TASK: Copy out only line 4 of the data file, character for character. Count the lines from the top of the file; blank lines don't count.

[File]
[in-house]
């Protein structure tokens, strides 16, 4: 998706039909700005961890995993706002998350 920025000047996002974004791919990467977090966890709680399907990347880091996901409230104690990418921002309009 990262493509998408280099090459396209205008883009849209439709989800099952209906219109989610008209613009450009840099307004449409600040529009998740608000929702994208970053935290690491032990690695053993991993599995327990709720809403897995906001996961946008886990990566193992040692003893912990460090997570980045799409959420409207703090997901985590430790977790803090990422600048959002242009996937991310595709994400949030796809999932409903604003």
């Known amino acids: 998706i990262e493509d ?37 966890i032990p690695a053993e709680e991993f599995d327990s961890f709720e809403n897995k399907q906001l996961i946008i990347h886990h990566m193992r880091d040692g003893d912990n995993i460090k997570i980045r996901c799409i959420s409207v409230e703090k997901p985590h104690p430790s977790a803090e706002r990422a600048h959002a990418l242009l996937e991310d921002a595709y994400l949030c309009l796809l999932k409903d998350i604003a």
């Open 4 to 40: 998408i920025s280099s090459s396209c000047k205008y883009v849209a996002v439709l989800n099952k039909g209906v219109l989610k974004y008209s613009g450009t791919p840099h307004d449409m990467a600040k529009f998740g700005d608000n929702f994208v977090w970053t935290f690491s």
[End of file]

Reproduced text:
């Open 4 to 40: 998408i920025s280099s090459s396209c000047k205008y883009v849209a996002v439709l989800n099952k039909g209906v219109l989610k974004y008209s613009g450009t791919p840099h307004d449409m990467a600040k529009f998740g700005d608000n929702f994208v977090w970053t935290f690491s």